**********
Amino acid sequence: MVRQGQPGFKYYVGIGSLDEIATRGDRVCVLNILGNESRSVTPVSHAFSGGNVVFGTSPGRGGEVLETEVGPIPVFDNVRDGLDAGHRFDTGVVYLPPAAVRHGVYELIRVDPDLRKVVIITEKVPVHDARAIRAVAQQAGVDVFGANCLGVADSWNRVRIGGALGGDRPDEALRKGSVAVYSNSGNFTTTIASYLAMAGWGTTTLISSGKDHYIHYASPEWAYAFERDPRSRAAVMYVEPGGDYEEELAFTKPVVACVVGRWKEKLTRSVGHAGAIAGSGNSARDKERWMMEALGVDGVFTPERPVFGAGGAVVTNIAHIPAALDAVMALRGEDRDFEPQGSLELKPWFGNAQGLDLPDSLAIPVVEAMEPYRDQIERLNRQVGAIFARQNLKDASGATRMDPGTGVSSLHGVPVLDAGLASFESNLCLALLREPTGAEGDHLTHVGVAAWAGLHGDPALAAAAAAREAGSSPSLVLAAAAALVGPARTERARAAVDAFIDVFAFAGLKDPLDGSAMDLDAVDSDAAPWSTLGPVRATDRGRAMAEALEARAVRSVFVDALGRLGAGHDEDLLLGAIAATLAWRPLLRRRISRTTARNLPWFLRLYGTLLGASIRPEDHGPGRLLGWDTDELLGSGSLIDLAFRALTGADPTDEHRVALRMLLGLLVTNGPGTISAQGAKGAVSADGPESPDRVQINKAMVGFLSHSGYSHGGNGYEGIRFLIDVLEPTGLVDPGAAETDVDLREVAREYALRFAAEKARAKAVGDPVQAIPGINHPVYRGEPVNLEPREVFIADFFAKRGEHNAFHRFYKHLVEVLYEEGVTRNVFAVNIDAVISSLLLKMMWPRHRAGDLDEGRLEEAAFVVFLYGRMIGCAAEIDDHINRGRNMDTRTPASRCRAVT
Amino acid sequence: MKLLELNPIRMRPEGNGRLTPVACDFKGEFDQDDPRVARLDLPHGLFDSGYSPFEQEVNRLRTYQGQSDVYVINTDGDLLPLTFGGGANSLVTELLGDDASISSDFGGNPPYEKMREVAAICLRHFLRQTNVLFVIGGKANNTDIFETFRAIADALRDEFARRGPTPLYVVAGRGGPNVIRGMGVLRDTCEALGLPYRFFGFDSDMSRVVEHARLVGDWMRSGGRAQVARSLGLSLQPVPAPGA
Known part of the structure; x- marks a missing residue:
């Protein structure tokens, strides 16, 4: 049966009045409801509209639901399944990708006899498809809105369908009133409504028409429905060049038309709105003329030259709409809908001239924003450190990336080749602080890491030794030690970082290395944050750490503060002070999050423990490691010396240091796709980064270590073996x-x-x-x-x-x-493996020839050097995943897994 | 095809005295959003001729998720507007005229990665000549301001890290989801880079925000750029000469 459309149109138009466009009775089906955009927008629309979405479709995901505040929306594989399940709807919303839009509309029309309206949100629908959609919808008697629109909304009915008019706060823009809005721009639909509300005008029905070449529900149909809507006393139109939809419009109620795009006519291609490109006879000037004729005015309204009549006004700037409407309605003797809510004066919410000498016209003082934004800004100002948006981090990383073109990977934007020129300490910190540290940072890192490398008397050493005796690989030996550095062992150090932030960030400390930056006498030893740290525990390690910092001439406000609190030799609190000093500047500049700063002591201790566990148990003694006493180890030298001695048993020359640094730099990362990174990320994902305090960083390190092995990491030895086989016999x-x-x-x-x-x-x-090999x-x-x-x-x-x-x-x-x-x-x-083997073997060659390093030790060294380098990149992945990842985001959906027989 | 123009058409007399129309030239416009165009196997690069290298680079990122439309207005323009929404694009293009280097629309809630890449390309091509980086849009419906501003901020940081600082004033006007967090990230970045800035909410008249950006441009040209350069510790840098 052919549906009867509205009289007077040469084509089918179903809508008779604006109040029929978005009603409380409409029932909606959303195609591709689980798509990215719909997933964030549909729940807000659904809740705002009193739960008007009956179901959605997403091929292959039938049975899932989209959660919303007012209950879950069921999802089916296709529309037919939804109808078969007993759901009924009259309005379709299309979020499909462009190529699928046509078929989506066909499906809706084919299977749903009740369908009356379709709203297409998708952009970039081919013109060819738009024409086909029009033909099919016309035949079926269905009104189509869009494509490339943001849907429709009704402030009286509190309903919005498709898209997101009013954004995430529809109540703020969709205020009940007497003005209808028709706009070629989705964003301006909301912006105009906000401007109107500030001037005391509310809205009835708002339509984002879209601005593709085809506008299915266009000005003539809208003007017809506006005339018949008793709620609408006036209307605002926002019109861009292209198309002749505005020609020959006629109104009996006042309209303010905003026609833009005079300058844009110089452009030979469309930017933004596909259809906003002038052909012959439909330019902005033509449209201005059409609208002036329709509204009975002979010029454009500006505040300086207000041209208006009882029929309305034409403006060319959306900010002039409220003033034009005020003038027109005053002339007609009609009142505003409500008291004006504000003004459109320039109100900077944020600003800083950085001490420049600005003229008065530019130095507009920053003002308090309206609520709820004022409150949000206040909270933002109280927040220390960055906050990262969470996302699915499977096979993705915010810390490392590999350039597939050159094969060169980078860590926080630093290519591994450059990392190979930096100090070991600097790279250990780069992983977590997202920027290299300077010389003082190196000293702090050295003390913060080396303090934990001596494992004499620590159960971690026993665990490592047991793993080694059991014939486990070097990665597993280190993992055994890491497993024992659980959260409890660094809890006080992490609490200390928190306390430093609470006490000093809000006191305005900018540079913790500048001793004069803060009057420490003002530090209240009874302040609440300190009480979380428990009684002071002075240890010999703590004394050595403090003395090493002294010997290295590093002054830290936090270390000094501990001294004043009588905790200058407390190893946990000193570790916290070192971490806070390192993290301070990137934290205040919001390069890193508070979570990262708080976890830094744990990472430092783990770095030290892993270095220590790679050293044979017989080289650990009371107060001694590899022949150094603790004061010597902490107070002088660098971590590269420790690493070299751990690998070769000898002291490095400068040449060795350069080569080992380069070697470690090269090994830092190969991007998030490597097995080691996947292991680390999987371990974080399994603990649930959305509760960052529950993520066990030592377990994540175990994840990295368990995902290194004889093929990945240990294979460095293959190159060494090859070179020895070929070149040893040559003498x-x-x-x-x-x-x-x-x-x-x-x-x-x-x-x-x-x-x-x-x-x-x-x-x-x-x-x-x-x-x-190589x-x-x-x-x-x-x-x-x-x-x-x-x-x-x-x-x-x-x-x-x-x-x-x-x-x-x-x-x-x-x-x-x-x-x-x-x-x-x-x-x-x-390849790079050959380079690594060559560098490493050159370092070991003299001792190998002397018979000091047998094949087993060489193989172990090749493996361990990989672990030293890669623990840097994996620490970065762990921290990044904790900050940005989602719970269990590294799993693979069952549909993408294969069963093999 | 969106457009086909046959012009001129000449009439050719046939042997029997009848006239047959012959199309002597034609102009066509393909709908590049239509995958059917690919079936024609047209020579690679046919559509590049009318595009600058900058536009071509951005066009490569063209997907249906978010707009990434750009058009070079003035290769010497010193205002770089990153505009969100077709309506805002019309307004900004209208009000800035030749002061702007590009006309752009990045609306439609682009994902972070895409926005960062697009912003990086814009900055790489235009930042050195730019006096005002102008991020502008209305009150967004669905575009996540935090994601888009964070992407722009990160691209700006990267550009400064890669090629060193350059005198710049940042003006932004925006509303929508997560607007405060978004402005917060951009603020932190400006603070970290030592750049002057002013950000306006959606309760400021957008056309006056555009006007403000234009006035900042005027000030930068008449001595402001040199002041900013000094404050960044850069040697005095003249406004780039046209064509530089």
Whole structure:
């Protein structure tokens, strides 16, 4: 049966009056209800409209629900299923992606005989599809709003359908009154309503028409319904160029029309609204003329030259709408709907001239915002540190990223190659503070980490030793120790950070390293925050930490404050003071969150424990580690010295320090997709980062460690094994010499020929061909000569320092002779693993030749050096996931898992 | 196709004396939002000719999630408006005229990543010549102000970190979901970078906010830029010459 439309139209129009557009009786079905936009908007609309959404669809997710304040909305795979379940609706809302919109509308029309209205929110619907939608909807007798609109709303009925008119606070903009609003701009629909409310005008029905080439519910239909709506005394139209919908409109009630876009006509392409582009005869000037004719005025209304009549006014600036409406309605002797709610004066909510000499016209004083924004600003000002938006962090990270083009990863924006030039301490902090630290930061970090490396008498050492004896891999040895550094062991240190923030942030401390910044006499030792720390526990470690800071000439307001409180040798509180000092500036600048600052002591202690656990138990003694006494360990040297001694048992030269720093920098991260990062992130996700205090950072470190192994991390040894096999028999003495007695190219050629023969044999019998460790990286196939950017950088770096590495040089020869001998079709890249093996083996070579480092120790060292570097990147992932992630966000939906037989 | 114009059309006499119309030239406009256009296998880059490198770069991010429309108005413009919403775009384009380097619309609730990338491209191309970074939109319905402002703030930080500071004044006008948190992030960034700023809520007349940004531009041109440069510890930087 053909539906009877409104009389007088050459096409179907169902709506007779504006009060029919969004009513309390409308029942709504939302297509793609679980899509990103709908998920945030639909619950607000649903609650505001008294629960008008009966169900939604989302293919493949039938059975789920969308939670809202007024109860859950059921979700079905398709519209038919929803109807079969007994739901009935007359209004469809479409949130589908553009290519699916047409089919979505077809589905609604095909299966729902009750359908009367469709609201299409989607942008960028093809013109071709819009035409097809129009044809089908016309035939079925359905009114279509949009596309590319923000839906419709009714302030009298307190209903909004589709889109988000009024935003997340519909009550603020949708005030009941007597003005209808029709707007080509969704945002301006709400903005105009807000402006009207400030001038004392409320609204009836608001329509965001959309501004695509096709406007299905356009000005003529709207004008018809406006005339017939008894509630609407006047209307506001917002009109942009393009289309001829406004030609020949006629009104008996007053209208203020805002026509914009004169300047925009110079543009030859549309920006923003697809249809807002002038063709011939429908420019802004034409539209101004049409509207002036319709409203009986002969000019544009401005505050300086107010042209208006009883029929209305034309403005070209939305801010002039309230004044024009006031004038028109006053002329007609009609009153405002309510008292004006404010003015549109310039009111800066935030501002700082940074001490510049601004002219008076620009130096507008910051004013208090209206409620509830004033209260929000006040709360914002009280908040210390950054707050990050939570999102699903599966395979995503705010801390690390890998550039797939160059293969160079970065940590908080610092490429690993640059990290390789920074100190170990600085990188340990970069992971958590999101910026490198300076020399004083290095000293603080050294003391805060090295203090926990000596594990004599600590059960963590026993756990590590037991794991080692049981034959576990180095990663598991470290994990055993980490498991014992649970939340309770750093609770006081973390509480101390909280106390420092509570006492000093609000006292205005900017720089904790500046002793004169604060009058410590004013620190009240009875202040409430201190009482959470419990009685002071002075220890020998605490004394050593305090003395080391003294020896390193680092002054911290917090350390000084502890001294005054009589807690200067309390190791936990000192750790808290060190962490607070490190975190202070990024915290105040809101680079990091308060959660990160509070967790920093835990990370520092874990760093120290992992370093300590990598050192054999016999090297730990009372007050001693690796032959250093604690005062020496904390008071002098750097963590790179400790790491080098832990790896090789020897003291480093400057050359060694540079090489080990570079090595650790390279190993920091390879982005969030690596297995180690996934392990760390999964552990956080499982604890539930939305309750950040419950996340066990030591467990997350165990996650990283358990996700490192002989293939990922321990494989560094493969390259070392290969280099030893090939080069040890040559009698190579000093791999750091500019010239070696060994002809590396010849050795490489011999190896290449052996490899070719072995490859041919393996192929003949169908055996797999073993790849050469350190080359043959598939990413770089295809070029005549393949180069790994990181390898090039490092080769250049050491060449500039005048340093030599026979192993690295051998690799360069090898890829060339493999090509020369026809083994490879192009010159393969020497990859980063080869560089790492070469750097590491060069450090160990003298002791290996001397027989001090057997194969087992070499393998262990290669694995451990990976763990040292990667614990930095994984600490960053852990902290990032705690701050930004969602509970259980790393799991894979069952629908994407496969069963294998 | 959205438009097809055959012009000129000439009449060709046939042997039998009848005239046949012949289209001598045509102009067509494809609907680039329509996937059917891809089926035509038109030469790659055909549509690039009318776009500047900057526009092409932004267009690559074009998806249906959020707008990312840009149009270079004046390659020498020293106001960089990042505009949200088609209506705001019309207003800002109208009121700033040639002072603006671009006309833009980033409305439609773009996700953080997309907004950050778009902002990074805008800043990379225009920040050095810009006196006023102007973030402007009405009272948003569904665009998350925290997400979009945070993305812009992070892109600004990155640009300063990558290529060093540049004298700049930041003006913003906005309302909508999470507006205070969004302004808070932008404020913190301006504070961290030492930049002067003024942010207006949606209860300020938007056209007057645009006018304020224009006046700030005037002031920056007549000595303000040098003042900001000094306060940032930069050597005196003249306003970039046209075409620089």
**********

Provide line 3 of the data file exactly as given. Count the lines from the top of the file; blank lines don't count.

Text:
Known part of the structure; x- marks a missing residue: